Jean-Pierre on Wednesday dismissed thequestion, telling briefing room reporters, “It’s a cold, guys. It’s a cold.”

“I know that it affects everybody differently. We’ve all had colds, and so no,hewasnot checked out by thedoctor,” she said.

Rep. Mike Quigley calls for Biden to step aside to "prevent utter catastrophe"

From CNN's Brian Rokus
July 6, 2024, presidential election news | CNN Politics (27)

Illinois Democratic Rep. Mike Quigley speaks during a hearing in Washington, DC, on May 18, 2022.

Illinois Democratic Rep. Mike Quigley on Friday called on President Joe Biden to step aside, joining a growing number of his colleagues who have raised concerns about the viability of the president’s reelection bid.

Quigley also downplayed the impact of Biden stepping down on the Democratic party.

“For the same reasons they came together four years ago, they will come together this time behind one candidate. And I think people underrate the bench,” Quigley said, adding that he has “the greatest respect for the vice president.”

He also stressed, “the alternative now is a very bleak scenario, with, I would say, almost no hope of succeeding.”

Quigley told CNN’s Kasie Hunt earlier this week that Biden would have to consider the impact of his decision on down-ballot races.

Fact check: Biden falsely claims he gained ground in post-debate New York Times poll

From CNN’s Daniel Dale
July 6, 2024, presidential election news | CNN Politics (28)

Supporters cheer as President Joe Biden speaks at a campaign rally in Raleigh, North Carolina, on June. 28.

In his Friday interview with ABC, President Joe Biden claimed that “the New York Times had me down 10 points before the debate, nine now, or whatever the hell it is.”ABC aired the remark in an initial excerpt from the interview, which has not yet aired in full.

Facts First:Biden’s claim that he gained a point in New York Times polling after the debate is false. In fact, the Times’ post-debate poll, conducted with Siena College,showed Biden doing three points worseagainst former President Donald Trump than he had done in thefinal Times/Siena poll before the debate.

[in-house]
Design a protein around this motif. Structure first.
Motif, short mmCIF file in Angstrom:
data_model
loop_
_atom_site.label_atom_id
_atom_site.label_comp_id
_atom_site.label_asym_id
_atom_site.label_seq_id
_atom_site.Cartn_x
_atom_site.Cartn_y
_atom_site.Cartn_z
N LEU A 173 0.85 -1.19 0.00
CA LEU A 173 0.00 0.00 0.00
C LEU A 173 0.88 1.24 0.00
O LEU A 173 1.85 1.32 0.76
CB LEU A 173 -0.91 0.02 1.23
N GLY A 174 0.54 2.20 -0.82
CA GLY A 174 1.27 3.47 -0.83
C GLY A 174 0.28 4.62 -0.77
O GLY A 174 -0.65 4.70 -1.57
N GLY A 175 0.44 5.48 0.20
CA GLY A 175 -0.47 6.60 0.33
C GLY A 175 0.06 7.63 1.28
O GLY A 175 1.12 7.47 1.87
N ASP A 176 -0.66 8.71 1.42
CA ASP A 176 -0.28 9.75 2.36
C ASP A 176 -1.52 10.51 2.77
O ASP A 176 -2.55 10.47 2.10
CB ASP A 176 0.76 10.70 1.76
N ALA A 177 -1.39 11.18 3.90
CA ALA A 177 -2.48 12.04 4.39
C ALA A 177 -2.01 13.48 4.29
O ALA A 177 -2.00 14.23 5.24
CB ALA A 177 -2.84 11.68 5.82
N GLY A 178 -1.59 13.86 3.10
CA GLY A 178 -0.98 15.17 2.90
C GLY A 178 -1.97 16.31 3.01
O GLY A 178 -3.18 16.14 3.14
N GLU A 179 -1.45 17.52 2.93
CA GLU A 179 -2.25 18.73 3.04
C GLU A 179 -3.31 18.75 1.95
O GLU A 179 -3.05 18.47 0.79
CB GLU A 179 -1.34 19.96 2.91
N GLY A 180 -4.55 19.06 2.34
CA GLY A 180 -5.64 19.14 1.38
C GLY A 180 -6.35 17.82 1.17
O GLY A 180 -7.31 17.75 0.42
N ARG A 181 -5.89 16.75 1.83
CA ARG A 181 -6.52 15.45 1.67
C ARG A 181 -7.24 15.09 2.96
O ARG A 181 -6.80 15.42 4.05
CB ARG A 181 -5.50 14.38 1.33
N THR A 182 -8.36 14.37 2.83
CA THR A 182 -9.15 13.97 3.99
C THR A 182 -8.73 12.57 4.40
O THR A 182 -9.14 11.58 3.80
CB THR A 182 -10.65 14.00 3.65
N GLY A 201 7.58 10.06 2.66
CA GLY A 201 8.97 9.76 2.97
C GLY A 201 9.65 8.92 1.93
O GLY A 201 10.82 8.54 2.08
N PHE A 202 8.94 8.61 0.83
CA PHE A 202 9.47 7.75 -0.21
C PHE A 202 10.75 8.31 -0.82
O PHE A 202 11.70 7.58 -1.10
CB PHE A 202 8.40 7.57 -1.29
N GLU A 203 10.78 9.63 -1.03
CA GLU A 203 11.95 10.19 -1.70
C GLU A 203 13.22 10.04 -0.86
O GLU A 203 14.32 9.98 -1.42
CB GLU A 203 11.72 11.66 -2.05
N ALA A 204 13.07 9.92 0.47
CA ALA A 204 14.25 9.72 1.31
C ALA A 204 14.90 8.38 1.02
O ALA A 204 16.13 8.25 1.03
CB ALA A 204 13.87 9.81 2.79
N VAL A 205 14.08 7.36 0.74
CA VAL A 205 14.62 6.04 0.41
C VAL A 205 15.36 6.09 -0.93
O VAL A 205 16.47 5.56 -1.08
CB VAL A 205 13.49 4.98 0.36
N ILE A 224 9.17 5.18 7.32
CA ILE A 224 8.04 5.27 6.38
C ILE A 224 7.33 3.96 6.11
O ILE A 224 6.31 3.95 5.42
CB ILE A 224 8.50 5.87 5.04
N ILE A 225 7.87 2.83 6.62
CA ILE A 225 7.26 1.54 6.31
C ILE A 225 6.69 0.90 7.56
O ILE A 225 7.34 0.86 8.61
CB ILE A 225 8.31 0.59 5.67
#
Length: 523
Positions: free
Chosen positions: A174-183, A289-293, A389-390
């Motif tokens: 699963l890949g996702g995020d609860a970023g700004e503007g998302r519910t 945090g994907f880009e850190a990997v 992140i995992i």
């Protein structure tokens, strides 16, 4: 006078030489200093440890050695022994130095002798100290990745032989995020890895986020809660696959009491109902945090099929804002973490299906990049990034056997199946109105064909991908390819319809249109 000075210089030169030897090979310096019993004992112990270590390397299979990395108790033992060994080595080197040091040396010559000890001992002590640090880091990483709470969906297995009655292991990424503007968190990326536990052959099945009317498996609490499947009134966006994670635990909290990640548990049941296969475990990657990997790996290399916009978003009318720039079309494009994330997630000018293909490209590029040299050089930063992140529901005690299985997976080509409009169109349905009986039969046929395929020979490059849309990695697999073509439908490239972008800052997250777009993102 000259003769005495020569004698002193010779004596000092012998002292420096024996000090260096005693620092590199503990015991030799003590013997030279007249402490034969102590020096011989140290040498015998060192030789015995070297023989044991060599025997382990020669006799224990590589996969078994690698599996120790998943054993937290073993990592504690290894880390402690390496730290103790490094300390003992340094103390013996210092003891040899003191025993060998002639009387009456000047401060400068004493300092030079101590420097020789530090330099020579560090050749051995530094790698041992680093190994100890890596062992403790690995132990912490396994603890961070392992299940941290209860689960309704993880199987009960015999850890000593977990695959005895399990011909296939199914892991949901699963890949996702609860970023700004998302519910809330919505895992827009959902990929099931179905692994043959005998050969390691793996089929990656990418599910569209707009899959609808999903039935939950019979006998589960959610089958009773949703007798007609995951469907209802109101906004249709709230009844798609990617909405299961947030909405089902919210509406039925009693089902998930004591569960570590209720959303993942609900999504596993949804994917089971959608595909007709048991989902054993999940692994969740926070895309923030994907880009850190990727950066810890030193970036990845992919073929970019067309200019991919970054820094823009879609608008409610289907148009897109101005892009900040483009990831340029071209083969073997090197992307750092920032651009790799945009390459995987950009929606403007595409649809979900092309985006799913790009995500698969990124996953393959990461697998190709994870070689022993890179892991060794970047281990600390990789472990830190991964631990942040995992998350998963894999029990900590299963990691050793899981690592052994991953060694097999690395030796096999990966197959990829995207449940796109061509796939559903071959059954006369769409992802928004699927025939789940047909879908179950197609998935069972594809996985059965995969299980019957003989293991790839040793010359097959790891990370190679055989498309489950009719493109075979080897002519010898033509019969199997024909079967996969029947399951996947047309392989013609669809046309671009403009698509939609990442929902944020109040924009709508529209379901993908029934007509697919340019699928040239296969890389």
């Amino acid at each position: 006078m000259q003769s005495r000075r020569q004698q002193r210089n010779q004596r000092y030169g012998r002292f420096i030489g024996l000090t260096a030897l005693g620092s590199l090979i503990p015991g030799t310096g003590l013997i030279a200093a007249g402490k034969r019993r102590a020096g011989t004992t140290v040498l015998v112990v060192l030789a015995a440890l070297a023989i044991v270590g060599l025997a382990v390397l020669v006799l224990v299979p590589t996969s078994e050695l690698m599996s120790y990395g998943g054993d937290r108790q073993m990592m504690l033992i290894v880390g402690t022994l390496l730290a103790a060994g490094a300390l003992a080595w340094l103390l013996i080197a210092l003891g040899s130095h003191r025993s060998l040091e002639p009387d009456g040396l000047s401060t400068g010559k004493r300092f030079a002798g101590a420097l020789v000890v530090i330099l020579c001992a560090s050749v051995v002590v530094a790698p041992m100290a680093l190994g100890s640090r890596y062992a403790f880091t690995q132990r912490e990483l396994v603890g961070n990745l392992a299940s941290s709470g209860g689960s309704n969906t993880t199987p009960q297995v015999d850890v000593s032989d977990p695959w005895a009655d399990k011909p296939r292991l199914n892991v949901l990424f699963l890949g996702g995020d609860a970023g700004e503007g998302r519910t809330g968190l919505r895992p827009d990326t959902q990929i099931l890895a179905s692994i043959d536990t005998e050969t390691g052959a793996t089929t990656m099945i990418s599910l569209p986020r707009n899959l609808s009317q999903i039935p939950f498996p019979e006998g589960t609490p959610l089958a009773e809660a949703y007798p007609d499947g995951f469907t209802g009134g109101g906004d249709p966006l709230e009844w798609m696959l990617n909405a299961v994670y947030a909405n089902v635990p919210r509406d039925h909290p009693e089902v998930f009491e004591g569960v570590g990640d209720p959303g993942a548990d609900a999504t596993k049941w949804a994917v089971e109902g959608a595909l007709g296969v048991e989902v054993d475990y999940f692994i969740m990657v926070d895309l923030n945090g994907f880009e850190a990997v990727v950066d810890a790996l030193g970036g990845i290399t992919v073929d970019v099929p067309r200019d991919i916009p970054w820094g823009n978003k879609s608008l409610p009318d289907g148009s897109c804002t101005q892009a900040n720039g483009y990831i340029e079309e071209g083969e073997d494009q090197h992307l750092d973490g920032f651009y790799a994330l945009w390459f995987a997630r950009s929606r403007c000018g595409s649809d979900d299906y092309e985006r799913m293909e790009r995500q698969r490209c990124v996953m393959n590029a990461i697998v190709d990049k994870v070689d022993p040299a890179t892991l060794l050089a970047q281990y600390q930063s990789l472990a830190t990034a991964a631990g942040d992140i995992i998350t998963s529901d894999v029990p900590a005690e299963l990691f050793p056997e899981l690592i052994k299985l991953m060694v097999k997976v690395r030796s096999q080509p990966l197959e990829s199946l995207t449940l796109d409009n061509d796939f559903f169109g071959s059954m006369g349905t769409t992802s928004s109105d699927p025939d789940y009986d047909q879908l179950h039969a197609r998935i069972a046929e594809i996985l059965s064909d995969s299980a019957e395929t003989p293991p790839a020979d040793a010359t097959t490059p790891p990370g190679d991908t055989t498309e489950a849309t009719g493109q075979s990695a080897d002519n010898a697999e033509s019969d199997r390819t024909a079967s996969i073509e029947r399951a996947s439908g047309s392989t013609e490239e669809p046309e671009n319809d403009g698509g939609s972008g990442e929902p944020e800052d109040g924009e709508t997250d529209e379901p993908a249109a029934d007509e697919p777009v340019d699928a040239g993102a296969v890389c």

Biden’s specific numbers were also wrong. He was not “down 10 points before the debate” in Times/Siena polling. In fact, he was down three percentage points with likely voters and six percentage points with registered voters. In the Times/Siena poll after the debate, those margins grew to six percentage points with likely voters and nine percentage points with registered voters.

Biden did acknowledge his uncertainty about the data when he said “or whatever the hell it is.” But he was wrong, nonetheless.

Analysis: Biden should undergo detailed cognitive and neurological testing and share his results

Analysis from CNN's Dr. Sanjay Gupta

When the 46th President of the United States took the debate stage a week ago, it became apparent, even from his first answer, that this would not be the performance he hoped for.

For me as a brain specialist, it was concerning to watch President Joe Biden, and it quickly became clear that I was not alone in my reaction. Over the past week, I received more than a dozen calls, texts and emails from medical colleagues who, like me, specialize in the brain. It wasn’t that what we noticed was necessarily new but that it was particularly pronounced, and right from the start of the debate.

From a neurological standpoint, we were concerned with his confused rambling; sudden loss of concentration in the middle of a sentence; halting speech and absence of facial animation, resulting at times in a flat, open-mouthed expression. To be clear, these are only observations, not in any way diagnostic of something deeper, and none of these doctors wished to suggest that was the case.

The consensus from the doctors reaching out to me, however, was that the president should be encouraged to undergo detailed cognitive and movement disorder testing, and those results should be made available to the public.

Over the past five years, I have reported extensively on the advances in the world of treating and reducing risk of dementia, including Alzheimer’s disease, Lewy body dementia and vascular dementia. For the documentary “The Last Alzheimer’s Patient,” I even went throughextensive cognitive testingto demonstrate what it entailed and determine whether I had problems with executive functioning, judgment or memory lapses, as well as blood tests to determine things like the level of abnormal proteins that may be present in my brain and my B12 levels. My sense of smell and my genetic risk factors were checked. This type of testing is not necessary for most people as a matter of routine, but every one of the brain doctors I spoke to recommended that level of examination for Biden.

Read Dr. Sanjay Gupta’s full analysis

Cornel West campaign submits signatures to be on the ballot in Georgia

From CNN's Aaron Pellish
July 6, 2024, presidential election news | CNN Politics (29)

Cornel West, independent presidential candidate speaks at Second Baptist Church in Santa Ana, California, on March 29.

Independent presidential candidate CornelWest’scampaignannounced they submittedsignaturesinGeorgia, a key battleground state whose electorateincludes a sizable coalition of Black voters — a groupWesthas been aggressively courting.